As I mentioned in my other post I recenlty tried Axis and JTS ( same shop) . First impression from my 5 min rides - shifting is better on JTS, but I liked overall feeling and geometry of Axis much better. But it may be just due to poor FD adjustments on demo bikes.
    You really need to test it yourself.
    thanks. the only bike i've been able to test is the tricross sport. no axis in town and jts had to be ordered.

    likely going with the jts unless it really turns me off on the test ride.

  10. #10
    Papaya King waynesworld's Avatar
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    I haven't ridden any of the others, but I own an 05 JTS and I like it a lot. With the upgrades this year - especially the CF fork - I think you'll like it, as long as it fits you properly. Let us know what you decide.
    Quote Originally Posted by rumrunn6 View Post
    walk right in and punch the first guy you meet in the head
    2011 BMC SR02, 2010 Kona Jake, 2009 Felt X City D, 1984 (?) Trek 400, 1995 Trek 850

  11. #11
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    Picked up the JTS! Some ramblings.

    The 105 shifts noticeably better than the tiagra on the tricross sport I tested (sora f. der. on cross sport). The avid shorty brakes stop harder than the tektro on the cross sport if I'm not imagining things. I seem to have some pedal tire overlap which I've never experienced or even knew existed before, guess I'll just have to watch it. It's going to be tricky putting a light/cyclometer on this bar, not much real estate. I'm worrying that the geometry of the tricross felt better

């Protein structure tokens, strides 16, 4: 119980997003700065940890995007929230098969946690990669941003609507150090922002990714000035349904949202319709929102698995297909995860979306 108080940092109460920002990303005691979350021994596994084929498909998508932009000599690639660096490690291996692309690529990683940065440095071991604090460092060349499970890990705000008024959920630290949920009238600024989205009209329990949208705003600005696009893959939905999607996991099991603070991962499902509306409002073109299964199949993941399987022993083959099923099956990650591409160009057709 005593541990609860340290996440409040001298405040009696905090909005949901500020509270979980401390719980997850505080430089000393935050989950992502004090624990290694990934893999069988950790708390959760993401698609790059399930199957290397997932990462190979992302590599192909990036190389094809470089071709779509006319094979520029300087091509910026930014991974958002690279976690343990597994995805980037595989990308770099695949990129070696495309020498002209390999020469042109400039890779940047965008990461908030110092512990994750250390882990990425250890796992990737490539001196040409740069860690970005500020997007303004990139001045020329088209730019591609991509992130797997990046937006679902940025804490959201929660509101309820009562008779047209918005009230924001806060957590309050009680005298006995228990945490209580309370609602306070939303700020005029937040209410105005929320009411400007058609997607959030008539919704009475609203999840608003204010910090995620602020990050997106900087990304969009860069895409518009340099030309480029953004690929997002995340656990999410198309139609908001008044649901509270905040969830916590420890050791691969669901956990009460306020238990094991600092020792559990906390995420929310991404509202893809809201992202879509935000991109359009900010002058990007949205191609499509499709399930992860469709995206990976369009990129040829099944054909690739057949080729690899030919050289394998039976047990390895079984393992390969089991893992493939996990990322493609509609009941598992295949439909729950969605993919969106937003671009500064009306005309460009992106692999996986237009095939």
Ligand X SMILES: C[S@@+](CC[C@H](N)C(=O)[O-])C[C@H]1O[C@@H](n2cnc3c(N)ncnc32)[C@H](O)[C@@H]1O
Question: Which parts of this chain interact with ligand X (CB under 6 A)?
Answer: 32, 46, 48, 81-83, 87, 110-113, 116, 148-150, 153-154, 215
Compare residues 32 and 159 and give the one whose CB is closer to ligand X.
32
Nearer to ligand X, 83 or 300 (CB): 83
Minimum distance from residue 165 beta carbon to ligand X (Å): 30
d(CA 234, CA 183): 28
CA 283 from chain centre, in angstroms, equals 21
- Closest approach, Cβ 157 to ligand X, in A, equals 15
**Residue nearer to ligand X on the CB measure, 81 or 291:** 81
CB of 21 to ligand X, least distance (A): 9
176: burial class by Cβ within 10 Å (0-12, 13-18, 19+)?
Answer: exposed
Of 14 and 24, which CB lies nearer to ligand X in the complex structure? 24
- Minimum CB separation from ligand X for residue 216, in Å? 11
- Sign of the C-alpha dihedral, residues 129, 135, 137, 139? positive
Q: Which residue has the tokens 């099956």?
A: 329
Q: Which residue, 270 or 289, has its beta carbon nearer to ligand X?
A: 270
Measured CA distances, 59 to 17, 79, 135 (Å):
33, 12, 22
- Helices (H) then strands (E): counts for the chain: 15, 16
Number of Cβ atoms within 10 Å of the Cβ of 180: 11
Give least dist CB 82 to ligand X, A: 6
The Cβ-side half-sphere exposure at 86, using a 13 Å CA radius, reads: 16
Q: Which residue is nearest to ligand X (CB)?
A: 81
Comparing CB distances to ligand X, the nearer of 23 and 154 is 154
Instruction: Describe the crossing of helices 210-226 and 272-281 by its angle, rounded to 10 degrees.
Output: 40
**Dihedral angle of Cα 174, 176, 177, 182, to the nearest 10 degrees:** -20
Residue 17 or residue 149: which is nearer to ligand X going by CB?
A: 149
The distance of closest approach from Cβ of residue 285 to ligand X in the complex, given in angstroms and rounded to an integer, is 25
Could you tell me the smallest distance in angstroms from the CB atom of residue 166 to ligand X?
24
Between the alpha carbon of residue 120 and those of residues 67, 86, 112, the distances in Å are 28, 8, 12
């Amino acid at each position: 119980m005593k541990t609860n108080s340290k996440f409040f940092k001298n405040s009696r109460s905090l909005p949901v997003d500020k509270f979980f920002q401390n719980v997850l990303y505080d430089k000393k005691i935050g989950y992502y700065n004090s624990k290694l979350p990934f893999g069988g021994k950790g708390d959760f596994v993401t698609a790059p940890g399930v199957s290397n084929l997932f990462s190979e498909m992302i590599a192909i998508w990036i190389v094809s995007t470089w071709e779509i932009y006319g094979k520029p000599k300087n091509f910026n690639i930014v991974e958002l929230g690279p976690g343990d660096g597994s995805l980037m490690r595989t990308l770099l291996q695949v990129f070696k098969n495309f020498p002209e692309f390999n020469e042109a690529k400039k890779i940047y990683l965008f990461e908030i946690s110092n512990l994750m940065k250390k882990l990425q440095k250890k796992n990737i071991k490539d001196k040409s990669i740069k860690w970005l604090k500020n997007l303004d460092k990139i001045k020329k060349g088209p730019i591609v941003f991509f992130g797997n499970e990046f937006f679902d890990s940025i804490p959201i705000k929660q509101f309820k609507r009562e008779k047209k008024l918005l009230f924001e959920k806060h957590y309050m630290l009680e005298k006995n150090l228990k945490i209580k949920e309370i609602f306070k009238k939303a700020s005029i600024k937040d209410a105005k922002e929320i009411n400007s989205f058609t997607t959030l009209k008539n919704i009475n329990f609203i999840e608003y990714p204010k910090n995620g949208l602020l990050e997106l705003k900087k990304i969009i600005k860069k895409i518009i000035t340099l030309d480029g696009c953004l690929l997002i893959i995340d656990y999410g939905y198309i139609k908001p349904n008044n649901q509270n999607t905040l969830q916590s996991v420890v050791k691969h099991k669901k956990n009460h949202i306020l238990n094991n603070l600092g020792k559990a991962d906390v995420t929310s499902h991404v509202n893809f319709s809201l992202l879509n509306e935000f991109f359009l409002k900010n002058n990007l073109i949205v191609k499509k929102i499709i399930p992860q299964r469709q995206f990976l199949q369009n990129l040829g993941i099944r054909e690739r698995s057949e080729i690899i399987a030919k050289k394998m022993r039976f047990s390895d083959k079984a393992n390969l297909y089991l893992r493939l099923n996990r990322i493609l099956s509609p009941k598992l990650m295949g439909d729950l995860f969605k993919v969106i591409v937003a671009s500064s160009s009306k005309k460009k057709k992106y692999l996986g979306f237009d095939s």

12. #12
    Papaya King waynesworld's Avatar
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    I have a computer on one side and room for a light on the other on my JTS. I have noticed some overlap with my feet and the front wheel, but only at very low speeds and very tight turns.

    The 105 does shift very well. What do you dislike about the geometry, aside from the overlap?
    Quote Originally Posted by rumrunn6 View Post
    walk right in and punch the first guy you meet in the head
    2011 BMC SR02, 2010 Kona Jake, 2009 Felt X City D, 1984 (?) Trek 400, 1995 Trek 850

  13. #13